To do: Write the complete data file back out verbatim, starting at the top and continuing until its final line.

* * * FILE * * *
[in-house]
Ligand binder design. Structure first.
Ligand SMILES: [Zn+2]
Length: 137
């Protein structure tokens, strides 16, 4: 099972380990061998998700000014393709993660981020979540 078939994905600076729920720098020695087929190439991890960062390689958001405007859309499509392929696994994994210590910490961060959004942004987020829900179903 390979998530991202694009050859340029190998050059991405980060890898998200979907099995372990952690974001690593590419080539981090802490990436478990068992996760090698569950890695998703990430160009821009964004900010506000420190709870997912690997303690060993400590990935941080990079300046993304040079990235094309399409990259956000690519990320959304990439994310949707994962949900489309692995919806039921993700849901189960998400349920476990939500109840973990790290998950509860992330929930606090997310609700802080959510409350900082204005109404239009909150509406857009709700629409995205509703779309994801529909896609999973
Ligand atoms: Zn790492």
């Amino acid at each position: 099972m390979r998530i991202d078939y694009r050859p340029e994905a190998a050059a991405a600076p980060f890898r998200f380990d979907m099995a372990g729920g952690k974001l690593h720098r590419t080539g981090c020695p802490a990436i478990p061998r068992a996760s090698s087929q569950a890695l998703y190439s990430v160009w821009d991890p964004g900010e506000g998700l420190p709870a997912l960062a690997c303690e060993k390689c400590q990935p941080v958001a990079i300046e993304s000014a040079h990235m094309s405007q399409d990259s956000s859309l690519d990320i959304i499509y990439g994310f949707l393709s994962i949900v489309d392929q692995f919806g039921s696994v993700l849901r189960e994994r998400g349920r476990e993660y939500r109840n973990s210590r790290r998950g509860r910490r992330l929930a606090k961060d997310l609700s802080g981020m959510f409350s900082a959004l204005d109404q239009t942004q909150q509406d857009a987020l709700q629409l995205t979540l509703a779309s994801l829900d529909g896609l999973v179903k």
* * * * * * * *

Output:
[in-house]
Ligand binder design. Structure first.
Ligand SMILES: [Zn+2]
Length: 137
């Protein structure tokens, strides 16, 4: 099972380990061998998700000014393709993660981020979540 078939994905600076729920720098020695087929190439991890960062390689958001405007859309499509392929696994994994210590910490961060959004942004987020829900179903 390979998530991202694009050859340029190998050059991405980060890898998200979907099995372990952690974001690593590419080539981090802490990436478990068992996760090698569950890695998703990430160009821009964004900010506000420190709870997912690997303690060993400590990935941080990079300046993304040079990235094309399409990259956000690519990320959304990439994310949707994962949900489309692995919806039921993700849901189960998400349920476990939500109840973990790290998950509860992330929930606090997310609700802080959510409350900082204005109404239009909150509406857009709700629409995205509703779309994801529909896609999973
Ligand atoms: Zn790492």
């Amino acid at each position: 099972m390979r998530i991202d078939y694009r050859p340029e994905a190998a050059a991405a600076p980060f890898r998200f380990d979907m099995a372990g729920g952690k974001l690593h720098r590419t080539g981090c020695p802490a990436i478990p061998r068992a996760s090698s087929q569950a890695l998703y190439s990430v160009w821009d991890p964004g900010e506000g998700l420190p709870a997912l960062a690997c303690e060993k390689c400590q990935p941080v958001a990079i300046e993304s000014a040079h990235m094309s405007q399409d990259s956000s859309l690519d990320i959304i499509y990439g994310f949707l393709s994962i949900v489309d392929q692995f919806g039921s696994v993700l849901r189960e994994r998400g349920r476990e993660y939500r109840n973990s210590r790290r998950g509860r910490r992330l929930a606090k961060d997310l609700s802080g981020m959510f409350s900082a959004l204005d109404q239009t942004q909150q509406d857009a987020l709700q629409l995205t979540l509703a779309s994801l829900d529909g896609l999973v179903k």